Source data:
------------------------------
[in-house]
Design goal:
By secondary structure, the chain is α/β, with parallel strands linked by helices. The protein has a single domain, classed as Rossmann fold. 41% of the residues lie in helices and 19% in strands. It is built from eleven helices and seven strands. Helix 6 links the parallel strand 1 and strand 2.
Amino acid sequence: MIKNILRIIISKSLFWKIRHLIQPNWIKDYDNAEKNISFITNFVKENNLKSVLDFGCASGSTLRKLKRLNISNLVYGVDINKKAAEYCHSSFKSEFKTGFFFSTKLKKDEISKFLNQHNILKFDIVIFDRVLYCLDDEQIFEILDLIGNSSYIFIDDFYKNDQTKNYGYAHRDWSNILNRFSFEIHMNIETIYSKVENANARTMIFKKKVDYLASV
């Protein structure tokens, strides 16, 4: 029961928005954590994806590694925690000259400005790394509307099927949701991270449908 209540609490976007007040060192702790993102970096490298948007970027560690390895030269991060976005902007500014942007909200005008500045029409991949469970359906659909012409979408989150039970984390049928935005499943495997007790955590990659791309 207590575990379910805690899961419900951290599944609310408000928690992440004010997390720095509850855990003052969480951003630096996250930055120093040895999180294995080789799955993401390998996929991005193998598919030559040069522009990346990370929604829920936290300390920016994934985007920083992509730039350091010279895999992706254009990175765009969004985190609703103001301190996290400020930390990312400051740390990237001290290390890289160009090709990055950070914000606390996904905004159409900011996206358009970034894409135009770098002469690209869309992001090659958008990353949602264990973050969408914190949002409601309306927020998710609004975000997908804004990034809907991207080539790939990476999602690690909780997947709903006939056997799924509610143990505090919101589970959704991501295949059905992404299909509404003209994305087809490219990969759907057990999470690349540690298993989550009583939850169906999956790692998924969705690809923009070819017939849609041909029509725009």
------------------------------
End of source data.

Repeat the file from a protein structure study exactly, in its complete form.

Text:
[in-house]
Design goal:
By secondary structure, the chain is α/β, with parallel strands linked by helices. The protein has a single domain, classed as Rossmann fold. 41% of the residues lie in helices and 19% in strands. It is built from eleven helices and seven strands. Helix 6 links the parallel strand 1 and strand 2.
Amino acid sequence: MIKNILRIIISKSLFWKIRHLIQPNWIKDYDNAEKNISFITNFVKENNLKSVLDFGCASGSTLRKLKRLNISNLVYGVDINKKAAEYCHSSFKSEFKTGFFFSTKLKKDEISKFLNQHNILKFDIVIFDRVLYCLDDEQIFEILDLIGNSSYIFIDDFYKNDQTKNYGYAHRDWSNILNRFSFEIHMNIETIYSKVENANARTMIFKKKVDYLASV
């Protein structure tokens, strides 16, 4: 029961928005954590994806590694925690000259400005790394509307099927949701991270449908 209540609490976007007040060192702790993102970096490298948007970027560690390895030269991060976005902007500014942007909200005008500045029409991949469970359906659909012409979408989150039970984390049928935005499943495997007790955590990659791309 207590575990379910805690899961419900951290599944609310408000928690992440004010997390720095509850855990003052969480951003630096996250930055120093040895999180294995080789799955993401390998996929991005193998598919030559040069522009990346990370929604829920936290300390920016994934985007920083992509730039350091010279895999992706254009990175765009969004985190609703103001301190996290400020930390990312400051740390990237001290290390890289160009090709990055950070914000606390996904905004159409900011996206358009970034894409135009770098002469690209869309992001090659958008990353949602264990973050969408914190949002409601309306927020998710609004975000997908804004990034809907991207080539790939990476999602690690909780997947709903006939056997799924509610143990505090919101589970959704991501295949059905992404299909509404003209994305087809490219990969759907057990999470690349540690298993989550009583939850169906999956790692998924969705690809923009070819017939849609041909029509725009």